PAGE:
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Daring investors are buying real estate on North Korea’s borders

North Korean leader Kim Jong Un looks through a pair of binoculars as he guides a flight drill for the inspection of airmen of the Korean People's Army (KPA) Air and Anti-Air Force in this undated photo released by North Korea's Korean Central News Agency (KCNA) in Pyongyang October 30, 2014.
I want in.
By Zheping Huang
Published Last updated This article is more than 2 years old.

When it comes to making money out of North Korea, Chinese real-estate investors could be the proverbial early birds that get the worm.

As the diplomatic efforts to bring North Korea out of the cold intensify, home prices in Dandong, a Chinese town bordering the reclusive state, are rising. Prices jumped 2% in April from a month earlier, the biggest gain among 70 major Chinese cities, according to data from China’s national statistics bureau published Wednesday (May 16).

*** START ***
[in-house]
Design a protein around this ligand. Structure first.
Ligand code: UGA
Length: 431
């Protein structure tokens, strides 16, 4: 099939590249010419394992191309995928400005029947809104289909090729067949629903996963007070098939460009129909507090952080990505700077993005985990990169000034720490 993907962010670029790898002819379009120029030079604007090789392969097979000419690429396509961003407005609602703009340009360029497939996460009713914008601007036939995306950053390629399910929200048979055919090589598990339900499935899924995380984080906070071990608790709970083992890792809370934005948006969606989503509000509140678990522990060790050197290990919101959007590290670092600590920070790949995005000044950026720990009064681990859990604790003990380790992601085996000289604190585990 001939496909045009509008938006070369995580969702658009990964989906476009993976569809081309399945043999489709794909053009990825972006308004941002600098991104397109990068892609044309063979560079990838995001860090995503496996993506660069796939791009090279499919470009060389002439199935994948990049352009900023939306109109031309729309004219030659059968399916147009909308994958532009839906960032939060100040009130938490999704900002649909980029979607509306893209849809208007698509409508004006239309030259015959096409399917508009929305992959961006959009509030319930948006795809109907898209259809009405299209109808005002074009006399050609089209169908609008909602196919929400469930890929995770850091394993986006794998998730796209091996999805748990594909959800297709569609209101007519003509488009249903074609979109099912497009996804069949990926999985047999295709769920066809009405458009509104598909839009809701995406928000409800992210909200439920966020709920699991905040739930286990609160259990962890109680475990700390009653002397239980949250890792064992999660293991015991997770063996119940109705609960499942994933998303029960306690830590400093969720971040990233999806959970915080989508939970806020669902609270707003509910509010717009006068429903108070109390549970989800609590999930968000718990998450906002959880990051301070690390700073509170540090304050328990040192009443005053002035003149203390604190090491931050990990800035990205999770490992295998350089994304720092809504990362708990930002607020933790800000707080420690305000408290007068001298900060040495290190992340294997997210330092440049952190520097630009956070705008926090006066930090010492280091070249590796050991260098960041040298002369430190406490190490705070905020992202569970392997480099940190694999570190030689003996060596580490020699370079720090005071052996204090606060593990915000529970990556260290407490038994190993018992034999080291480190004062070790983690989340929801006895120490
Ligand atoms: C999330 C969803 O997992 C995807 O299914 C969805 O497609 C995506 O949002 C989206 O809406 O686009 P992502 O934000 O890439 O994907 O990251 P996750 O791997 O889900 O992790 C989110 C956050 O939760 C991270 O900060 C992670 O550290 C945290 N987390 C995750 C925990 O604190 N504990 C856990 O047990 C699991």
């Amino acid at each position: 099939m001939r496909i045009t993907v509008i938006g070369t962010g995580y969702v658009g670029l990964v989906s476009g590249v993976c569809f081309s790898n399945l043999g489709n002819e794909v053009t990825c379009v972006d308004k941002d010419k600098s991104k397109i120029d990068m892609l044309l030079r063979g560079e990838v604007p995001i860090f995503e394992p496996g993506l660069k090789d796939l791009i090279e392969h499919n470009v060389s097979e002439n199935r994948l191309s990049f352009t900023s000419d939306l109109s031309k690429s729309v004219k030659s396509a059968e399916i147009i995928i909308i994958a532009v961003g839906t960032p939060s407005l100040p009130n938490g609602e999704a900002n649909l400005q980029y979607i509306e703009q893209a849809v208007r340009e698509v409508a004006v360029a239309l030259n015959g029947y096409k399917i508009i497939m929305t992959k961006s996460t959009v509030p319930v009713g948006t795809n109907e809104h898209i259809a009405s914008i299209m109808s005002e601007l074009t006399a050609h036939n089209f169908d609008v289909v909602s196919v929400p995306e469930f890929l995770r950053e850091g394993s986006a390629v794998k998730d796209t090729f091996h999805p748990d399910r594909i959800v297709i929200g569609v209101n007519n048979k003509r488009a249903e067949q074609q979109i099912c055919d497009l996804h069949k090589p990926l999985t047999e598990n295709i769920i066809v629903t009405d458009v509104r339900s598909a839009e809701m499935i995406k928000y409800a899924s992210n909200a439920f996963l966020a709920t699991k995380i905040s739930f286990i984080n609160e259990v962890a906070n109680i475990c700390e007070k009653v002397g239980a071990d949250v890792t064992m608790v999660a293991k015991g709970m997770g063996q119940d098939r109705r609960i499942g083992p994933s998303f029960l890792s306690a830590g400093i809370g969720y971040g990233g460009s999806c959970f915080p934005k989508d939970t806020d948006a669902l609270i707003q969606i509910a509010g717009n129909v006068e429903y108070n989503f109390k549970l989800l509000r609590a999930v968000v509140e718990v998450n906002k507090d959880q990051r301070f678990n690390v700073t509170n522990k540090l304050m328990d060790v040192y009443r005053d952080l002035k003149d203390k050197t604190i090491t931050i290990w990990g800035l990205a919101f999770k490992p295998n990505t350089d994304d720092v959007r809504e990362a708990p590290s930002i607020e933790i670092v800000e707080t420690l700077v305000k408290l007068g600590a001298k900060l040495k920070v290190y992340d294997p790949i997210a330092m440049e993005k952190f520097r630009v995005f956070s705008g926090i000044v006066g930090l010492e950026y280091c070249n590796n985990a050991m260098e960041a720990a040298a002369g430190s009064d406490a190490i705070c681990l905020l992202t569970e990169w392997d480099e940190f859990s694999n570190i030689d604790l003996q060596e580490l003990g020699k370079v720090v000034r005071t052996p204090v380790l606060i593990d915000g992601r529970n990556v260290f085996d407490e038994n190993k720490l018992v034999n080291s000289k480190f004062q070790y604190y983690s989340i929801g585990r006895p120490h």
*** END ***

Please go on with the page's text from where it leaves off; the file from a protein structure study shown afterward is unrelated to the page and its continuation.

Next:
Last month, new property sales in Dandong almost doubled from a year ago to 290,000 square meters ($3.1 million sq ft) in sold floor space, according to research firm E-house China R&D Institute. The figure, though dropping slightly from March, outstripped those in first-tier cities like Beijing and Shenzhen.

Earlier this week, authorities in Dandong issued new directives (link in Chinese) requiring higher down-payment ratios, restrictions on the reselling of newly purchased homes, and other measures to cool the local property market. “Houses are for living, not for speculating,” the city government said in a statement, borrowing a catchphrase from Chinese president Xi Jinping.

The spike in home sales is not limited to North Korea’s border with China. South Korean investors are also betting on real estate in areas around the Demilitarized Zone (DMZ) that divides the Korean peninsula. Land transactions in Paju, a city located just south of the DMZ, more than doubled in March to 4,600 from a month earlier, Reuters reported citing official data.

Getting rich off North Korea, of course, comes with a lot of risk. This week, North Korea called off a high-level meeting with Seoul at the last minute because of its dissatisfaction with joint military drills between the US and South Korea. It then threatened to cancel a summit planned for June 12 between Kim Jong Un and Donald Trump. Buyer beware.

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